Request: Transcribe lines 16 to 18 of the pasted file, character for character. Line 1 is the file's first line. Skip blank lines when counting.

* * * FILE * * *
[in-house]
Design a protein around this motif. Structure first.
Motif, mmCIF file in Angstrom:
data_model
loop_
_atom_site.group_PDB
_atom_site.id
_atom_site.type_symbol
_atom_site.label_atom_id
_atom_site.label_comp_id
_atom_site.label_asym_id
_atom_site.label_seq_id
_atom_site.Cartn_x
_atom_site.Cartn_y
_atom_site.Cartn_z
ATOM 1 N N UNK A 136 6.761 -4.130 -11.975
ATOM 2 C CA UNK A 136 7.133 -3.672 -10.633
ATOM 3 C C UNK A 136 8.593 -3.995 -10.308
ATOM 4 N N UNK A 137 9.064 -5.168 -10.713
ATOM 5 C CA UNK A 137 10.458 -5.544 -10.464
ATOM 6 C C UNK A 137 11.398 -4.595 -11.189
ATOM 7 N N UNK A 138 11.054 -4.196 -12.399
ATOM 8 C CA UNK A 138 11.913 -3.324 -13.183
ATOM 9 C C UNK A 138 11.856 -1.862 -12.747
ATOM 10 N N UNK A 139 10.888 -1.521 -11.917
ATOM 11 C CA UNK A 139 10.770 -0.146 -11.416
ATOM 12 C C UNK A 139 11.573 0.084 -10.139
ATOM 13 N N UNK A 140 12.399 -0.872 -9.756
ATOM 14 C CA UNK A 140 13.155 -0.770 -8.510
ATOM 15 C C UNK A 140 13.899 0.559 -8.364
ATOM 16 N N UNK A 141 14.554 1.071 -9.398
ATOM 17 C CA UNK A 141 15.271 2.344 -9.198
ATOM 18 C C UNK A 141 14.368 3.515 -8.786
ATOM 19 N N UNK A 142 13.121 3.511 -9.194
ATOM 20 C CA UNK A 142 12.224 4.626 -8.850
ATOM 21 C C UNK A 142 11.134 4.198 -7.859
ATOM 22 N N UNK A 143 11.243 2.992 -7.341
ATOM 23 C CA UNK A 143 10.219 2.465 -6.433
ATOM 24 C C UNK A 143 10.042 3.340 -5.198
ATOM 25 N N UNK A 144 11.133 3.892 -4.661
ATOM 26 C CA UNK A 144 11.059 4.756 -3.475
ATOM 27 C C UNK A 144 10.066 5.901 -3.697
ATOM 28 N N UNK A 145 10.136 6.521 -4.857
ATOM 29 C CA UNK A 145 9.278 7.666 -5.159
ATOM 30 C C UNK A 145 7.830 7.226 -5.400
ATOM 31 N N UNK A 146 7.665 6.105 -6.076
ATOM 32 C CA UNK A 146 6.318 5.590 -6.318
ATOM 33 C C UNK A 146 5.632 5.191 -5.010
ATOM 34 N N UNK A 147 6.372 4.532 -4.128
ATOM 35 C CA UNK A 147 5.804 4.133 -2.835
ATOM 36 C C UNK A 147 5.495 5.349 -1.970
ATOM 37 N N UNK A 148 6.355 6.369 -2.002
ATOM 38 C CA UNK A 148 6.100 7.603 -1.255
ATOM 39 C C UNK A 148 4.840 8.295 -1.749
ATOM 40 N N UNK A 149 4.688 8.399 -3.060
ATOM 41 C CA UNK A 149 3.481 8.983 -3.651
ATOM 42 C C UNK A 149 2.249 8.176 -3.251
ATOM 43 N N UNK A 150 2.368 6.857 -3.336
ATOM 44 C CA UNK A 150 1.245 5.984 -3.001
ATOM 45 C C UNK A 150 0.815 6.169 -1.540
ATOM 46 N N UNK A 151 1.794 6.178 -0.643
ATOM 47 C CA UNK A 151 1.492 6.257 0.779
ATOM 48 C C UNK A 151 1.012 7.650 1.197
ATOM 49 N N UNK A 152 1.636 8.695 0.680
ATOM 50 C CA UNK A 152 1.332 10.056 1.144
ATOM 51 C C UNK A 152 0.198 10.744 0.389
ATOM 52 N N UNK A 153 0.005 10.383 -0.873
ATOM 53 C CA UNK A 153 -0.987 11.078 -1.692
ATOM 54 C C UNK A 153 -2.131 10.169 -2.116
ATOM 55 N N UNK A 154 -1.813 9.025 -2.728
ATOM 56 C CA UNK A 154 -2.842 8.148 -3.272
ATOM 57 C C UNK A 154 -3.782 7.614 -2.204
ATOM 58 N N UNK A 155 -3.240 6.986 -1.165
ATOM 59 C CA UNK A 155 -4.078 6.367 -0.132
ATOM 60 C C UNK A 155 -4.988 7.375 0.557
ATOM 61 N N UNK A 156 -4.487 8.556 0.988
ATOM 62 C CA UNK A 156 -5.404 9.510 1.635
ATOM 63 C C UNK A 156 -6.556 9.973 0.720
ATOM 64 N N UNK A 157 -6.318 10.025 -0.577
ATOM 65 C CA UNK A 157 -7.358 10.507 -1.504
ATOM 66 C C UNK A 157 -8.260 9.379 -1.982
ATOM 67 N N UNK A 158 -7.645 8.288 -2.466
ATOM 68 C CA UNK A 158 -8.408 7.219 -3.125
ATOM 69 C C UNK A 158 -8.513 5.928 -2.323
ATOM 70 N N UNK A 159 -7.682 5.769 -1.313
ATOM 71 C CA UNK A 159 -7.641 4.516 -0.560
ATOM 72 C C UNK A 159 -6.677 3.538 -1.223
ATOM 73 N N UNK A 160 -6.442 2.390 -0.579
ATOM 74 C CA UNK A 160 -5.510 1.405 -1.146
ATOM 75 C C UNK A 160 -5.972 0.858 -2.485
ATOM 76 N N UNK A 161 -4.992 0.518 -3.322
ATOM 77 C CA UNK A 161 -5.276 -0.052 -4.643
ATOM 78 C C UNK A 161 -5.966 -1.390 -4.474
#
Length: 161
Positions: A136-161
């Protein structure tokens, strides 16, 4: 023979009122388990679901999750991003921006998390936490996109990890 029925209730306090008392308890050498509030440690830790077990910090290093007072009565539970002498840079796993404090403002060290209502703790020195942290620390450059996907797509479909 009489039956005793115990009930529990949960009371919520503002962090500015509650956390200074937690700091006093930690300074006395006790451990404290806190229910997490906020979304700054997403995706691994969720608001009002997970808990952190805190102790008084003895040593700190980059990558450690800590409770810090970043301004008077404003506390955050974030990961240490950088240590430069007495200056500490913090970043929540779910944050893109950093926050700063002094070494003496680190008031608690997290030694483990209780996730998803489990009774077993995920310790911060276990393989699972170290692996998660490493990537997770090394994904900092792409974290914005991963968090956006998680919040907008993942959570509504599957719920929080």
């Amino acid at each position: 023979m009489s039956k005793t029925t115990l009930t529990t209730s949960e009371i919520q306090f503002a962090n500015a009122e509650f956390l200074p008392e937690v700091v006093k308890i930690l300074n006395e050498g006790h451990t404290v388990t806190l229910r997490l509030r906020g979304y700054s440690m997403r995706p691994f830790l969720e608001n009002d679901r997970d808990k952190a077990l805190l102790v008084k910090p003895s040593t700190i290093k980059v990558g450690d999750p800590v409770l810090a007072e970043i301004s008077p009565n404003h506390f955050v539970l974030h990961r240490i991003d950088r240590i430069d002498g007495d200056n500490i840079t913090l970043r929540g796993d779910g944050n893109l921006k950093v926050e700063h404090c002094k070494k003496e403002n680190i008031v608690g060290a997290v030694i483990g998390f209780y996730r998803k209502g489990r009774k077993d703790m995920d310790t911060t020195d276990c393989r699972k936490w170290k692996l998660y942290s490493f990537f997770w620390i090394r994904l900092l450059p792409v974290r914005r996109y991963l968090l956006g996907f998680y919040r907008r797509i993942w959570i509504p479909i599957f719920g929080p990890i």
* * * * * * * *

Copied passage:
ATOM 1 N N UNK A 136 6.761 -4.130 -11.975
ATOM 2 C CA UNK A 136 7.133 -3.672 -10.633
ATOM 3 C C UNK A 136 8.593 -3.995 -10.308